A migraine is usually a moderate or severe headache felt as a throbbing pain on 1 side of the head.
Many people also have symptoms such as feeling sick, being sick and increased sensitivity to light or sound.
Migraine is a common health condition, affecting around 1 in every 5 women and around 1 in every 15 men. They usually begin in early adulthood.
There are several types of migraine, including:
- migraine with aura – where there are specific warning signs just before the migraine begins, such as seeing flashing lights
- migraine without aura – the most common type, where the migraine happens without the specific warning signs
- migraine aura without headache, also known as silent migraine – where an aura or other migraine symptoms are experienced, but a headache does not develop
Some people have migraines frequently, up to several times a week. Other people only have a migraine occasionally.
It's possible for years to pass between migraine attacks.
When to get medical advice
You should see a GP if you have frequent or severe migraine symptoms.
Simple painkillers, such as paracetamol or ibuprofen, can be effective for migraine.
Try not to use the maximum dosage of painkillers on a regular or frequent basis as this could make it harder to treat headaches over time.
You should also make an appointment to see a GP if you have frequent migraines (on more than 5 days a month), even if they can be controlled with medicines, as you may benefit from preventative treatment.
You should call 999 for an ambulance immediately if you or someone you're with experiences:
- paralysis or weakness in 1 or both arms or 1 side of the face
- slurred or garbled speech
- a sudden agonising headache resulting in a severe pain unlike anything experienced before
- headache along with a high temperature (fever), stiff neck, mental confusion, seizures, double vision and a rash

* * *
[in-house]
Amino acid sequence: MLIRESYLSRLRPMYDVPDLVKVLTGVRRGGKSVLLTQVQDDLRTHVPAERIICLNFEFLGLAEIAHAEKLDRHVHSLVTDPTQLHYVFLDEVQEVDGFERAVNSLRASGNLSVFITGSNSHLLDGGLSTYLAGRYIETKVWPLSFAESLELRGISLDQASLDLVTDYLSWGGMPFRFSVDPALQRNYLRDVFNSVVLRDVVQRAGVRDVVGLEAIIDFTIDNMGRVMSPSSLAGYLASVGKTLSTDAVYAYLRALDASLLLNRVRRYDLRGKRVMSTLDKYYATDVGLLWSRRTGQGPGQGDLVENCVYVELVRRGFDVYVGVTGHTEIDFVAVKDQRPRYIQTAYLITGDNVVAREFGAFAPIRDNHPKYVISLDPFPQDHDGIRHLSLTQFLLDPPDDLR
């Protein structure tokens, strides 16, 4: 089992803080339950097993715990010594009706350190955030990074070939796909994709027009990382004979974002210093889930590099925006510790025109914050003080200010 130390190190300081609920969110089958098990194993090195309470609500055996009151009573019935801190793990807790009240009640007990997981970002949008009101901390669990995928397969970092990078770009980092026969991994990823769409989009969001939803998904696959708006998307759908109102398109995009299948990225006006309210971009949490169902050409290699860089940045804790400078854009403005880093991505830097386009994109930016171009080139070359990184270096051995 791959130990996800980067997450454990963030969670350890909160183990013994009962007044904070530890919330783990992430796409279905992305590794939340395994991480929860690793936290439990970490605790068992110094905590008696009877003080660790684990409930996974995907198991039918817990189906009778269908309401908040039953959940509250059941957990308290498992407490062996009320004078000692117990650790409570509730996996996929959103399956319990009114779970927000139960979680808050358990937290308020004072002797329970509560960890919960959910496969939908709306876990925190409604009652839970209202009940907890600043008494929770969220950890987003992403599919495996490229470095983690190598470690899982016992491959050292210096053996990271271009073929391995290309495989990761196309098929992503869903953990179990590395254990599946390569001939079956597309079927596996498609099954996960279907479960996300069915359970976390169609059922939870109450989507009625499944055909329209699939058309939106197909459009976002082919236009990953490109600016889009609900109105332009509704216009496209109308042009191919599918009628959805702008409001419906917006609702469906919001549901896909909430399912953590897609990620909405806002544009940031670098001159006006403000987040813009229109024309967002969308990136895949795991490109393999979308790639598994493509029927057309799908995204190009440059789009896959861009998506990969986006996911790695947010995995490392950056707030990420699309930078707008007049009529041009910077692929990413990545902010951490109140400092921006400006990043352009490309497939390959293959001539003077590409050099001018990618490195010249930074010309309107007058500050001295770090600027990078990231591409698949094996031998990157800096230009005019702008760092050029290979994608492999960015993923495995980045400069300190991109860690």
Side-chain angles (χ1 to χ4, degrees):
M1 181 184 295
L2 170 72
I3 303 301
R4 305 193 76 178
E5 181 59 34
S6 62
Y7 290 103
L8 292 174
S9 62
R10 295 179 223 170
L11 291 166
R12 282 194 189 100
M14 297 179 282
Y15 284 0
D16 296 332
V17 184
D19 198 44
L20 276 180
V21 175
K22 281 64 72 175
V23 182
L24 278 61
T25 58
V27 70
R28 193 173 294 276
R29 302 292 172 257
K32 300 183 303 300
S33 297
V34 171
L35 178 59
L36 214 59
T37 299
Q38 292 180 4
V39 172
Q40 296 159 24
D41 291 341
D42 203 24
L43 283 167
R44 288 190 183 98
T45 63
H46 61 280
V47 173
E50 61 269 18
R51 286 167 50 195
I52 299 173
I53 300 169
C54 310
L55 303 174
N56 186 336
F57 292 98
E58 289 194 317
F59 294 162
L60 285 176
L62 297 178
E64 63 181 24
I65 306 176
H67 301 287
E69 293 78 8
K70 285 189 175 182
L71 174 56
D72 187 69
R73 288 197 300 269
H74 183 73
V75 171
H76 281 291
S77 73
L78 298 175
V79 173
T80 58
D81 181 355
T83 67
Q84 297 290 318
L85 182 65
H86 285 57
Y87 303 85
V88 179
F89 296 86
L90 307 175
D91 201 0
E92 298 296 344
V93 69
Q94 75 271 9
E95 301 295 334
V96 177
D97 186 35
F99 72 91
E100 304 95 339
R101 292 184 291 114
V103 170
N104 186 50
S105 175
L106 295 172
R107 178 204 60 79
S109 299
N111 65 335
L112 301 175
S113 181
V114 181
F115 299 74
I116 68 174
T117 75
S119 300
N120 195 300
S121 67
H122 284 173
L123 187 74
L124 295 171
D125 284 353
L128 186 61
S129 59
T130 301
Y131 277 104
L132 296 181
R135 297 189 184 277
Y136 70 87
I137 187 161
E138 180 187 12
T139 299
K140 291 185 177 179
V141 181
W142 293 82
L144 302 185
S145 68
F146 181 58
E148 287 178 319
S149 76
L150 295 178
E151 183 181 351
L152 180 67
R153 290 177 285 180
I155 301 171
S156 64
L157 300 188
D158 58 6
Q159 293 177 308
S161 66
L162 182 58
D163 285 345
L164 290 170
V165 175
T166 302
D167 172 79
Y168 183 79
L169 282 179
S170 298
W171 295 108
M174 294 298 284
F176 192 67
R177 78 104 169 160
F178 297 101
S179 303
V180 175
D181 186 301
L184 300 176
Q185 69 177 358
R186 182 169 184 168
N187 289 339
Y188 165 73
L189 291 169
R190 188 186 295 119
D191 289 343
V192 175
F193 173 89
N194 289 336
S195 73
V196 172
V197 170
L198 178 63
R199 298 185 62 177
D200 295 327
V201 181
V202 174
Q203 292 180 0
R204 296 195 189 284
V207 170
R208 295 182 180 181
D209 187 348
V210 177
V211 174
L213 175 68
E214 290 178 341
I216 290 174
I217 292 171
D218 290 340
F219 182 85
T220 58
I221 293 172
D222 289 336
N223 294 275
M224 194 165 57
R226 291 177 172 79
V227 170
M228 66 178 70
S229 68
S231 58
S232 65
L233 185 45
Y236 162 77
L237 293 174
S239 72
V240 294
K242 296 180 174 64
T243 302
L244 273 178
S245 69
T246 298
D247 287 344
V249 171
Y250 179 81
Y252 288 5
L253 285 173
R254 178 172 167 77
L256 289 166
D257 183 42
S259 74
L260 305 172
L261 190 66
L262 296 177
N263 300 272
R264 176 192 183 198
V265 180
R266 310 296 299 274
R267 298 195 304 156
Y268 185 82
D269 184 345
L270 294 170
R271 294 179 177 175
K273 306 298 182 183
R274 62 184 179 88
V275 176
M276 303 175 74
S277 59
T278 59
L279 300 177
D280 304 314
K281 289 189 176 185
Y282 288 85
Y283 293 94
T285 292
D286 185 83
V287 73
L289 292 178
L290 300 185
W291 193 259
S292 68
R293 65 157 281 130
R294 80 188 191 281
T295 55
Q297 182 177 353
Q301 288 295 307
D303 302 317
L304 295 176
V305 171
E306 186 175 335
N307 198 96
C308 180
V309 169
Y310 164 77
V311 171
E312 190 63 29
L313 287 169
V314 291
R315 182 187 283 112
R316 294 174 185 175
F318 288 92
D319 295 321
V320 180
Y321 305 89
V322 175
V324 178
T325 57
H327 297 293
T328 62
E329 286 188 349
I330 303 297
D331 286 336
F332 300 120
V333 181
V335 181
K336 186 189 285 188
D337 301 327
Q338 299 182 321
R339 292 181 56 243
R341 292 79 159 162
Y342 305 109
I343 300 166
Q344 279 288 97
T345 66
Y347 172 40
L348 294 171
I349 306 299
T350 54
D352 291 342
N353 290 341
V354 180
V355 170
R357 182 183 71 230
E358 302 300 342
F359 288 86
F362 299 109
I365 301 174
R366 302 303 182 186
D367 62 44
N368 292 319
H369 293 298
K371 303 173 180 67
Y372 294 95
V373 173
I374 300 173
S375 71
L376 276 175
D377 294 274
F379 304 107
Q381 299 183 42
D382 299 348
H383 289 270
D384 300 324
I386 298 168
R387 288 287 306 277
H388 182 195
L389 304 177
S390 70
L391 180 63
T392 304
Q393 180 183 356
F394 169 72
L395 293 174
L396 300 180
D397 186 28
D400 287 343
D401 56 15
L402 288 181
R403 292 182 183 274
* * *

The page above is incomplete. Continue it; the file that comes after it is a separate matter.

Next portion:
Causes of migraines
The exact cause of migraines is unknown, although they're thought to be the result of temporary changes in the chemicals, nerves and blood vessels in the brain.
Around half of all people who experience migraines also have a close relative with the condition, suggesting that genes may play a role.
Some people find migraine attacks are associated with certain triggers, which can include:
- starting their period
- certain foods or drinks
There's no cure for migraines, but a number of treatments are available to help reduce the symptoms.
- painkillers – including over-the-counter medicines like paracetamol and ibuprofen
- triptans – medicines that can help reverse the changes in the brain that may cause migraines
- anti-emetics – medicines often used to help relieve people's feeling of sickness (nausea) or being sick
During an attack, many people find that sleeping or lying in a darkened room can also help.
If you suspect a specific trigger is causing your migraines, such as stress or a certain type of food, avoiding this trigger may help reduce your risk of experiencing migraines.
It may also help to maintain a generally healthy lifestyle, including regular exercise, sleep and meals, as well as ensuring you stay well hydrated and limiting your intake of caffeine and alcohol.
If your migraines are severe or you have tried avoiding possible triggers and are still experiencing symptoms, a GP may prescribe medicines to help prevent further attacks.
Medicines used to prevent migraines include the anti-seizure medicine topiramate and a medicine called propranolol that's usually used to treat high blood pressure.
It may take several weeks before your migraine symptoms begin to improve.
Migraines can severely affect your quality of life and stop you carrying out your normal daily activities.
Some people find they need to stay in bed for days at a time.
But a number of effective treatments are available to reduce the symptoms and prevent further attacks.
Migraine attacks can sometimes get worse over time, but they tend to gradually improve over many years for most people.